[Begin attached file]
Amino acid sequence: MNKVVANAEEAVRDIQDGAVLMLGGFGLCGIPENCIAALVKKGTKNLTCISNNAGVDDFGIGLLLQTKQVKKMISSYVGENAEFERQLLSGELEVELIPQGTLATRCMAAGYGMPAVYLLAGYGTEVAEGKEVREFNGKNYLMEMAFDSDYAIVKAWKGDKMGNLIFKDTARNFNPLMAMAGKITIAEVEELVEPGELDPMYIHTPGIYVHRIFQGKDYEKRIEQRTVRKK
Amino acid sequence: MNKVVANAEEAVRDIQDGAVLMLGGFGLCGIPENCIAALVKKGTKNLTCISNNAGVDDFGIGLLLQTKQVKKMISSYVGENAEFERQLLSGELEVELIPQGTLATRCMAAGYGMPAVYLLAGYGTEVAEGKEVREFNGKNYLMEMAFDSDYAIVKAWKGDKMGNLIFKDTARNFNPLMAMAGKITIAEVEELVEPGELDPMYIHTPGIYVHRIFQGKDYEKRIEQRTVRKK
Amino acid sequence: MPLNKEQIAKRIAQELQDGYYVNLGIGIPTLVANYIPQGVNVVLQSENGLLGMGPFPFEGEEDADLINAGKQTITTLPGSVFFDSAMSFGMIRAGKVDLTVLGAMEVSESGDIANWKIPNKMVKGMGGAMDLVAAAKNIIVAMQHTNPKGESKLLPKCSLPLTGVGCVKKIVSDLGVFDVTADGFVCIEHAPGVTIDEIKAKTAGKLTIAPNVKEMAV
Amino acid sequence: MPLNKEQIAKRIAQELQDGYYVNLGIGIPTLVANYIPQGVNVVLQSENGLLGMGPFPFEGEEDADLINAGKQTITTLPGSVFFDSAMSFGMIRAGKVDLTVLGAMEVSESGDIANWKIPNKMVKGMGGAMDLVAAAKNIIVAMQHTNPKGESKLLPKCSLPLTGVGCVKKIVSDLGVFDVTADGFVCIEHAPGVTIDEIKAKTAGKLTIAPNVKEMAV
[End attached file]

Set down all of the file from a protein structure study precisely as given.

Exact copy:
Amino acid sequence: MNKVVANAEEAVRDIQDGAVLMLGGFGLCGIPENCIAALVKKGTKNLTCISNNAGVDDFGIGLLLQTKQVKKMISSYVGENAEFERQLLSGELEVELIPQGTLATRCMAAGYGMPAVYLLAGYGTEVAEGKEVREFNGKNYLMEMAFDSDYAIVKAWKGDKMGNLIFKDTARNFNPLMAMAGKITIAEVEELVEPGELDPMYIHTPGIYVHRIFQGKDYEKRIEQRTVRKK
Amino acid sequence: MNKVVANAEEAVRDIQDGAVLMLGGFGLCGIPENCIAALVKKGTKNLTCISNNAGVDDFGIGLLLQTKQVKKMISSYVGENAEFERQLLSGELEVELIPQGTLATRCMAAGYGMPAVYLLAGYGTEVAEGKEVREFNGKNYLMEMAFDSDYAIVKAWKGDKMGNLIFKDTARNFNPLMAMAGKITIAEVEELVEPGELDPMYIHTPGIYVHRIFQGKDYEKRIEQRTVRKK
Amino acid sequence: MPLNKEQIAKRIAQELQDGYYVNLGIGIPTLVANYIPQGVNVVLQSENGLLGMGPFPFEGEEDADLINAGKQTITTLPGSVFFDSAMSFGMIRAGKVDLTVLGAMEVSESGDIANWKIPNKMVKGMGGAMDLVAAAKNIIVAMQHTNPKGESKLLPKCSLPLTGVGCVKKIVSDLGVFDVTADGFVCIEHAPGVTIDEIKAKTAGKLTIAPNVKEMAV
Amino acid sequence: MPLNKEQIAKRIAQELQDGYYVNLGIGIPTLVANYIPQGVNVVLQSENGLLGMGPFPFEGEEDADLINAGKQTITTLPGSVFFDSAMSFGMIRAGKVDLTVLGAMEVSESGDIANWKIPNKMVKGMGGAMDLVAAAKNIIVAMQHTNPKGESKLLPKCSLPLTGVGCVKKIVSDLGVFDVTADGFVCIEHAPGVTIDEIKAKTAGKLTIAPNVKEMAV